Children and Family Development Minister Katrine Conroy (BC Government/Flickr)

Early learning programs for Indigenous kids get $30M boost

B.C. government to help expand Aboriginal Head Start Association programs with three-year funding

The B.C. government is boosting social services for Indigenous children by expanding programs offered by the non-profit Aboriginal Head Start Association.

“Having no-fee childcare will provide great opportunities for hundreds of families who have been frustrated by lack of money to make changes for themselves,” said association president Leila Aubichon on Thursday. “Parents can further their education and get jobs, confident that their children are getting excellent care.”

The money will help up to 320 families, the association believes, including children in its 12 existing schools, including in Prince Rupert, Comox Valley and Mission, who have been on long wait lists.

The association has run programs across Canada since 1995, with the mandate to provide early learning and care experiences for First Nations, Métis and Inuit children and their families living in urban settings.

A third of the $30 million is earmarked for the First Nations Health Authority’s existing programs as well as to create new early-learning spaces in First Nations communities.

Another portion, about $6.5 million per year for the next three years, will set up Head Start preschools in underserved communities, as well as expand programs that already exist in 12 cities, Aboriginal Head Start Association said Thursday.

The cash falls under the $153-million, three-year Early Learning and Child Care partnership between B.C. and federal government.


@ashwadhwani
ashley.wadhwani@bpdigital.ca

Like us on Facebook and follow us on Twitter.

Just Posted

Surrey sisters have been missing for two weeks

‘Both police and family are concerned for these youths’ health and well-being’

Dispatch Delta firefighters to more medical calls: Jackson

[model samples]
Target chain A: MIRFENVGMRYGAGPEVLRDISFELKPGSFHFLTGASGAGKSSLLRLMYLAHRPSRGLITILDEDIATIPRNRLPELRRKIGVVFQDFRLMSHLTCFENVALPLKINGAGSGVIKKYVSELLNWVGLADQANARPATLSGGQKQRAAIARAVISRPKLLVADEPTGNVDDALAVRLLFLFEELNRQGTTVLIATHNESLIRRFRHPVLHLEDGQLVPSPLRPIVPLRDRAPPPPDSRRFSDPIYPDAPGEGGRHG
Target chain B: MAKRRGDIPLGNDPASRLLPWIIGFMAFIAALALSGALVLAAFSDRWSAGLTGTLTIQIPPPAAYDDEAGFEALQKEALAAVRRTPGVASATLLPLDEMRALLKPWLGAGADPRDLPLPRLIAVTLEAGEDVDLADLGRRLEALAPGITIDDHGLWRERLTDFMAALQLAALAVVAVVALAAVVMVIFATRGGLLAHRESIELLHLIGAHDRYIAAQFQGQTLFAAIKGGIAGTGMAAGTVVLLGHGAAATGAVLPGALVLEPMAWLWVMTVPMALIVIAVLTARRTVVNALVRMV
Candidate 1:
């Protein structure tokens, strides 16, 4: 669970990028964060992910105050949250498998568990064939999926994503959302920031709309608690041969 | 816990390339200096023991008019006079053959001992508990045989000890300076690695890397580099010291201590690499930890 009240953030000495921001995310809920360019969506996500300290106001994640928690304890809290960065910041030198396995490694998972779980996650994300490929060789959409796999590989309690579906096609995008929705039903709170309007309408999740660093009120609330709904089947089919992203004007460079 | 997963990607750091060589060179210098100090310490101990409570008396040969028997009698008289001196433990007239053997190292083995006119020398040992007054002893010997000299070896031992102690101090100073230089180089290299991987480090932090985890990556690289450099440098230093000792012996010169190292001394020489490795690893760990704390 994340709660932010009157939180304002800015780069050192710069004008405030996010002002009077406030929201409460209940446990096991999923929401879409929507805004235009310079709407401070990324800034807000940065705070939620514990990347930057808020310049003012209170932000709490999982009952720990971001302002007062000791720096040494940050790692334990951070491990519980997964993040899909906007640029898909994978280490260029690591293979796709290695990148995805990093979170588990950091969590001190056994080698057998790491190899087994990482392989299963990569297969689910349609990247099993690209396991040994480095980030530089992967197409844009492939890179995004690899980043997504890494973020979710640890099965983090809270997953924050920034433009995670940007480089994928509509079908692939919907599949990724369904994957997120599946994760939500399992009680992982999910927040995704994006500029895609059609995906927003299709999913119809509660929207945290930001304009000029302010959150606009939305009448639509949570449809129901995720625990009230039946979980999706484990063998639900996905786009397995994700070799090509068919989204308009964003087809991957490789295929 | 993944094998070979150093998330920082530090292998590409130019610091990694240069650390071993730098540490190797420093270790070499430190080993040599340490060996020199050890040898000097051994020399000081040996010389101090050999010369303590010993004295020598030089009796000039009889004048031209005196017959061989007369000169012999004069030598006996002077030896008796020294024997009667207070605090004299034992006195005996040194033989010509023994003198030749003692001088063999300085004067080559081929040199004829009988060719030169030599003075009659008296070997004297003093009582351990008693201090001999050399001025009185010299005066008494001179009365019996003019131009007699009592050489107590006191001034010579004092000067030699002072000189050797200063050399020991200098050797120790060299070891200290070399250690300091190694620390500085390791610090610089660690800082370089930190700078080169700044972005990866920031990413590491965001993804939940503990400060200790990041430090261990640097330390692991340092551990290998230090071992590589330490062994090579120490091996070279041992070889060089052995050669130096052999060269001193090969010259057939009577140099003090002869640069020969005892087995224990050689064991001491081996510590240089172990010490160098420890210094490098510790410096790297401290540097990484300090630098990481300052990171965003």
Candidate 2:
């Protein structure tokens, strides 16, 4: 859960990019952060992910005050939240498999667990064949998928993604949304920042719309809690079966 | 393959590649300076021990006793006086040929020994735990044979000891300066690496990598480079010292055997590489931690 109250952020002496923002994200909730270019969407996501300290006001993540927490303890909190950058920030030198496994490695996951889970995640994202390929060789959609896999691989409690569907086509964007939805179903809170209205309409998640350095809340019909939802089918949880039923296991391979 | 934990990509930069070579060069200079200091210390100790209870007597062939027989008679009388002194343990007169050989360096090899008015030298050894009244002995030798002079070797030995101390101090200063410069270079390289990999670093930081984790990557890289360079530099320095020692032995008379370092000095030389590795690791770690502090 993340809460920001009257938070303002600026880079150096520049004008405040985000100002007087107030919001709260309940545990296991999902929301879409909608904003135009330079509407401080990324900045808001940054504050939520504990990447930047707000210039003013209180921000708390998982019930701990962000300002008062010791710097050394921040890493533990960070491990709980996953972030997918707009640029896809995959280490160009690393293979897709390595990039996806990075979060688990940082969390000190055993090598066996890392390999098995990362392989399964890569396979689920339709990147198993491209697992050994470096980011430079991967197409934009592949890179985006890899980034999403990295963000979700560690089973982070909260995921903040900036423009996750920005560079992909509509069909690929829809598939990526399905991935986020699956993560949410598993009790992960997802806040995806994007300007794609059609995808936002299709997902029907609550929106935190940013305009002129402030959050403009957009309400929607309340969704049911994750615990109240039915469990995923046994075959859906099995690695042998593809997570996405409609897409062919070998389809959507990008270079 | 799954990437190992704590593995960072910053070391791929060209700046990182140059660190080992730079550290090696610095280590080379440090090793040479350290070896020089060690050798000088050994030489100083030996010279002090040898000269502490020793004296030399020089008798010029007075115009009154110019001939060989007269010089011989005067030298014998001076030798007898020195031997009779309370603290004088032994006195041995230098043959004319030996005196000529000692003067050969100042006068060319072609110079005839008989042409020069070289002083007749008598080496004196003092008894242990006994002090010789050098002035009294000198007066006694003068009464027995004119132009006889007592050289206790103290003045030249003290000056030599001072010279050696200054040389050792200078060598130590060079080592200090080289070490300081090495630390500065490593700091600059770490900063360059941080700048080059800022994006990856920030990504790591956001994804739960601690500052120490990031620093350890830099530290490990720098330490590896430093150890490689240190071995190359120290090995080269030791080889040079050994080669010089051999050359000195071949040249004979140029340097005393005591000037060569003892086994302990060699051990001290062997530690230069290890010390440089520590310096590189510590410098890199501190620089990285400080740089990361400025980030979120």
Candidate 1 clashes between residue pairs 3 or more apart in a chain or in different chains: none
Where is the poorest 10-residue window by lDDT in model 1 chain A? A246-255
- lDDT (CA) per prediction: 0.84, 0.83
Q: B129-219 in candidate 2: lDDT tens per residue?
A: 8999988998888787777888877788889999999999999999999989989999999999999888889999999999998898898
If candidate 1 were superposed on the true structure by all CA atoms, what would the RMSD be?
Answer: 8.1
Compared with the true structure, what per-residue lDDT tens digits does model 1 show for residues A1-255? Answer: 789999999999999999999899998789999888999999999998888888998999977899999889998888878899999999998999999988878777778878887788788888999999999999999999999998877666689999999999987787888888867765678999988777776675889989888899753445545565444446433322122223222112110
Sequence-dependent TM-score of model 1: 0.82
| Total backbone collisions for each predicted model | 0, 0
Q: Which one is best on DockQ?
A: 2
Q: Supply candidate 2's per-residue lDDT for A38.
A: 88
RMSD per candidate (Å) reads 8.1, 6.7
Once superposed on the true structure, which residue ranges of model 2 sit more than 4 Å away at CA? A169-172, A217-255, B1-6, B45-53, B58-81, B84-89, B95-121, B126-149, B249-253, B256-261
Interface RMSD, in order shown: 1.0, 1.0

Change in provincial protocol last year resulted in Delta Fire being sent to 836 fewer incidents

North Delta crime beat, week of Nov. 11

A selection of property crimes submitted weekly by the Delta Police Department

VIDEO: ‘Climate emergency’ is Oxford’s 2019 Word of the Year

Other words on the shortlist included ‘extinction,’ ‘climate denial’ and ‘eco-anxiety’

Canucks erupt with 5 power-play goals in win over Nashville

Vancouver ends three-game slide with 6-3 triumph over Predators

65-million-year-old triceratops makes its debut in Victoria

Dino Lab Inc. is excavating the fossilized remains of a 65-million-year-old dinosaur

B.C. widow suing health authority after ‘untreatable’ superbug killed her husband

New Public Agency Health report puts Canadian death toll at 5,400 in 2018

Changes to B.C. building code address secondary suites, energy efficiency

Housing Minister Selina Robinson says the changes will help create more affordable housing

Trudeau appears open to safer-opioid proposal in Vancouver: mayor

The city has applied for $6 million from Health Canada to allow for the safe distribution of diamorphine

Security guard at Kamloops music festival gets three years for sexually assaulting concertgoer

Shawn Christopher Gray walked the woman home after she became seperated from her friends, court heard

Most Read